Tetons in the distance, as seen from Driggs, Idaho at sunset.

We arrived in Driggs around dinnertime and checked in to our Airbnb, which was a really cute house right near downtown. We visited with some friends who had moved to Driggs several years ago, and then headed to the grocery to pick up some dinner and provisions for the next two mornings’ breakfasts. Back at the house, my mom put on a fashion show with her new hat that could be formed into a myriad of styles. It wasn’t the most stylish hat, but it sure made for great entertainment and will continue to do so for years to come. I don’t believe I have her permission to post any of said fashion show photos here, but the hat might pop up in a candid photo or two in this post…

We got up early the next morning, had a delicious breakfast that included huckleberry jam on toast, and headed back to the Tetons. With only one full day to explore, we’d plotted out our route the day before with the help of the National Park Service’s Grand Teton app, which I highly recommend. Our first stop was the Craig Thomas Discovery & Visitor Center. I’m actually not sure why we stopped there, but I’m glad we did – it was a really impressive visitor center with interactive displays and expansive views.

View from the Craig Thomas Discovery & Visitor Center

From there we headed to the Jenny Lake area where we were catching a boat shuttle over to the Cascade Canyon trailhead. I highly recommend taking the boat over ($10 per person one way, $18 roundtrip) because that will save you about 2 miles of hiking each way. We opted to take the boat from the Jenny Lake Visitor Center to the trailhead and then we hiked the approximately 2 miles back. There are many trails in the park, ranging from 2 miles to 20+ miles. There are not many restroom facilities (at least not around the trail that circles Jenny Lake), so plan accordingly! Also – BRING BEAR SPRAY! I cannot emphasize this enough. Although we didn’t see any bears on our hike, we heard rangers talking about bear sightings from that day in the surrounding area and apparently bears sometimes even get up on the boat dock and rummage through garbage cans. You can buy or rent bear spray from the gift shops in the park but it’ll run you about $40-$50. You can probably get it cheaper at a nearby grocery or Walmart.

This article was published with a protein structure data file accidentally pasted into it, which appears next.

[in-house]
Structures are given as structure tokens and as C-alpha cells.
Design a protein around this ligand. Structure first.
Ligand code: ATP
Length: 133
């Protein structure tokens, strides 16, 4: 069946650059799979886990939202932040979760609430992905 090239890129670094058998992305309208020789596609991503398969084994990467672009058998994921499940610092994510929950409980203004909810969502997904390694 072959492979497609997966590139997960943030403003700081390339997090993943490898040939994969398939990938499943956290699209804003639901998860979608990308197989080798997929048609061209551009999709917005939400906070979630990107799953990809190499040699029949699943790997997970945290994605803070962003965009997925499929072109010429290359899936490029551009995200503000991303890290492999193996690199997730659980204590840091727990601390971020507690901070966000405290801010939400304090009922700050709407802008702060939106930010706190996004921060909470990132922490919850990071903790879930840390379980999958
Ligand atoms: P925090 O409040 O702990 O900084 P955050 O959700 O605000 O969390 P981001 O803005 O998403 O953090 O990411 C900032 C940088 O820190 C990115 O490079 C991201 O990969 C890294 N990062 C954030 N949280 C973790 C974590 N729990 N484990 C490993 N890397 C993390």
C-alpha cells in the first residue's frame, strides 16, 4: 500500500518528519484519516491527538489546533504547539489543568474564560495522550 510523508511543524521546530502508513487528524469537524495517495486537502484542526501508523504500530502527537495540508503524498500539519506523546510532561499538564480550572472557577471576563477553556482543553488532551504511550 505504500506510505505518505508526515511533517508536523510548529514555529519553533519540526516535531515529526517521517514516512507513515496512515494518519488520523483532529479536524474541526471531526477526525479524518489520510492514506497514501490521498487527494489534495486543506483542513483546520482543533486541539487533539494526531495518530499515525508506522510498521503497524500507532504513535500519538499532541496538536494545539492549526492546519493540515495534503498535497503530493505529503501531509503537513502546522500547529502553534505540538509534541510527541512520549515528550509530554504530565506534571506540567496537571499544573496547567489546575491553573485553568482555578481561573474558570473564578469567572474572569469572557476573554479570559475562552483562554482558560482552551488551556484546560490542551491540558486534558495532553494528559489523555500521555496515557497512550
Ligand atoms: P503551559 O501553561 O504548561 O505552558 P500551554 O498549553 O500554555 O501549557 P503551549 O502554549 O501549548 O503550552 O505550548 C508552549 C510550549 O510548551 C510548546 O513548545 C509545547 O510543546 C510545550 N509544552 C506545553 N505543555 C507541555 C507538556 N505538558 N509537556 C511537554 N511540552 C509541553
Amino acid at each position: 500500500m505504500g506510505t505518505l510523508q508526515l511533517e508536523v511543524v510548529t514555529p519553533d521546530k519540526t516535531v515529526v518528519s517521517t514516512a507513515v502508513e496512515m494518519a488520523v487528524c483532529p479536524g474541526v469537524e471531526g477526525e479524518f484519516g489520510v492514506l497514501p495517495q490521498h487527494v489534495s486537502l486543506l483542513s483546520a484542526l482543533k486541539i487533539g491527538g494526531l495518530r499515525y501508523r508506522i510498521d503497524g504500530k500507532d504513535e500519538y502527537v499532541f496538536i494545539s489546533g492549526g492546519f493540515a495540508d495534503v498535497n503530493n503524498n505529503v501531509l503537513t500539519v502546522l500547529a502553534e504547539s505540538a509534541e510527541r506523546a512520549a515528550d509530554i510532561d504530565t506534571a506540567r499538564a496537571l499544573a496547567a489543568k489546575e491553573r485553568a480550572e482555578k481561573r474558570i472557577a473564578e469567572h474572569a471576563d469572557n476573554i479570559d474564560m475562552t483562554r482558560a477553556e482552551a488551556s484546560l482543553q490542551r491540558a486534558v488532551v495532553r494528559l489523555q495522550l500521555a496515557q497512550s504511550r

View from the shuttle boat dock area looking out at Jenny Lake.

After a beautiful and quick ride across Jenny Lake, we arrived at Cascade Canyon. We decided to make the half mile (and steep) climb to Hidden Falls and then proceed on another half-mile and even steeper hike to Inspiration Point, before retracing our steps and getting on the two-mile trail back to the boat dock and visitor center. Another recommendation – BRING WALKING STICKS! The hike we did was one of the ‘easier’ ones. Ha! I don’t think I would classify it as ‘easy’ and I don’t think I would have been able to do it very well without a walking stick. As you disembark the boat, you’ll see the trail leading you from the dock to the actual trail that will lead you to the Hidden Falls and to Inspiration Point.

Don’t say I didn’t warn you… it’s a workout!

We headed up the mountain and although there is a defined trail, it is quite rocky, with definite inclines (since you’re walking up a mountain, duh). I wouldn’t say it’s strenuous and I saw plenty of people who were in far worse shape than me and who were decades older than me making their way up without issue, so it’s definitely doable. We made our way to Hidden Falls, which are 230 foot cascades hidden away in the forest. They are gorgeous, loud, and make for an incredible photo op.

Hidden Falls, with the mountains peeking through the trees in the background.

There were tons of people at the falls so you may have to be patient in order to get a people-free picture. It’s such a peaceful place though that you won’t mind plopping down on a rock and watching the water rush by.

We pressed onward and upward to Inspiration Point, which lives up to its name. Sweeping views of Jenny Lake and the Tetons surround you.